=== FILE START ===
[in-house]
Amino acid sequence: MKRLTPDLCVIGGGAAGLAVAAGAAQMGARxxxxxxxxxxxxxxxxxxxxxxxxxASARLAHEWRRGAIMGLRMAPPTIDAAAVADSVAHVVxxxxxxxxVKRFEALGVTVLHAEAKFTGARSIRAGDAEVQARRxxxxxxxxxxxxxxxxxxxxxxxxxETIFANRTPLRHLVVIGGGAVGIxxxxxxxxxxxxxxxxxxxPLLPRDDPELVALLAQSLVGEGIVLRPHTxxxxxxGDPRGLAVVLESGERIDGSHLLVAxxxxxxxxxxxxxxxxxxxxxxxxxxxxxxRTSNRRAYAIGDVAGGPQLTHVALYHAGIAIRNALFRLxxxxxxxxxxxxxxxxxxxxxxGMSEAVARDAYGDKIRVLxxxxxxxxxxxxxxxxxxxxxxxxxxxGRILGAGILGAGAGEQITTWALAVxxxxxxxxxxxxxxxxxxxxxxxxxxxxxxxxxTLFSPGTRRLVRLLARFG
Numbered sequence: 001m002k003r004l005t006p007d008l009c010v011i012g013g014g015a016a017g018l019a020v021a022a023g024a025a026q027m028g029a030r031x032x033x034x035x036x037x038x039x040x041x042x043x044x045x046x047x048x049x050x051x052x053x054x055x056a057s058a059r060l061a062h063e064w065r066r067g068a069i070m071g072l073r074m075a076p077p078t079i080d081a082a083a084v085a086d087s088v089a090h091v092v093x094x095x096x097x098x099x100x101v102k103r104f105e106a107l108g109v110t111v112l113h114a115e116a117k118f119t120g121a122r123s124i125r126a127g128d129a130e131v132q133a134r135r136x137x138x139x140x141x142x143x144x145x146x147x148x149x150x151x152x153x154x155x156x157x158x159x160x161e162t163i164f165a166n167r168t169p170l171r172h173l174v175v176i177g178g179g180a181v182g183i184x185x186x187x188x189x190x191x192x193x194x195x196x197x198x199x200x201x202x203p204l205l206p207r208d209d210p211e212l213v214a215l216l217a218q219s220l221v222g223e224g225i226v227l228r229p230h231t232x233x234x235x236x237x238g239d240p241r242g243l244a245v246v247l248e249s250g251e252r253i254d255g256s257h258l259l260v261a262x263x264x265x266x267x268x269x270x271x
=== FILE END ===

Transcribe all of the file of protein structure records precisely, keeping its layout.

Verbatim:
[in-house]
Amino acid sequence: MKRLTPDLCVIGGGAAGLAVAAGAAQMGARxxxxxxxxxxxxxxxxxxxxxxxxxASARLAHEWRRGAIMGLRMAPPTIDAAAVADSVAHVVxxxxxxxxVKRFEALGVTVLHAEAKFTGARSIRAGDAEVQARRxxxxxxxxxxxxxxxxxxxxxxxxxETIFANRTPLRHLVVIGGGAVGIxxxxxxxxxxxxxxxxxxxPLLPRDDPELVALLAQSLVGEGIVLRPHTxxxxxxGDPRGLAVVLESGERIDGSHLLVAxxxxxxxxxxxxxxxxxxxxxxxxxxxxxxRTSNRRAYAIGDVAGGPQLTHVALYHAGIAIRNALFRLxxxxxxxxxxxxxxxxxxxxxxGMSEAVARDAYGDKIRVLxxxxxxxxxxxxxxxxxxxxxxxxxxxGRILGAGILGAGAGEQITTWALAVxxxxxxxxxxxxxxxxxxxxxxxxxxxxxxxxxTLFSPGTRRLVRLLARFG
Numbered sequence: 001m002k003r004l005t006p007d008l009c010v011i012g013g014g015a016a017g018l019a020v021a022a023g024a025a026q027m028g029a030r031x032x033x034x035x036x037x038x039x040x041x042x043x044x045x046x047x048x049x050x051x052x053x054x055x056a057s058a059r060l061a062h063e064w065r066r067g068a069i070m071g072l073r074m075a076p077p078t079i080d081a082a083a084v085a086d087s088v089a090h091v092v093x094x095x096x097x098x099x100x101v102k103r104f105e106a107l108g109v110t111v112l113h114a115e116a117k118f119t120g121a122r123s124i125r126a127g128d129a130e131v132q133a134r135r136x137x138x139x140x141x142x143x144x145x146x147x148x149x150x151x152x153x154x155x156x157x158x159x160x161e162t163i164f165a166n167r168t169p170l171r172h173l174v175v176i177g178g179g180a181v182g183i184x185x186x187x188x189x190x191x192x193x194x195x196x197x198x199x200x201x202x203p204l205l206p207r208d209d210p211e212l213v214a215l216l217a218q219s220l221v222g223e224g225i226v227l228r229p230h231t232x233x234x235x236x237x238g239d240p241r242g243l244a245v246v247l248e249s250g251e252r253i254d255g256s257h258l259l260v261a262x263x264x265x266x267x268x269x270x271x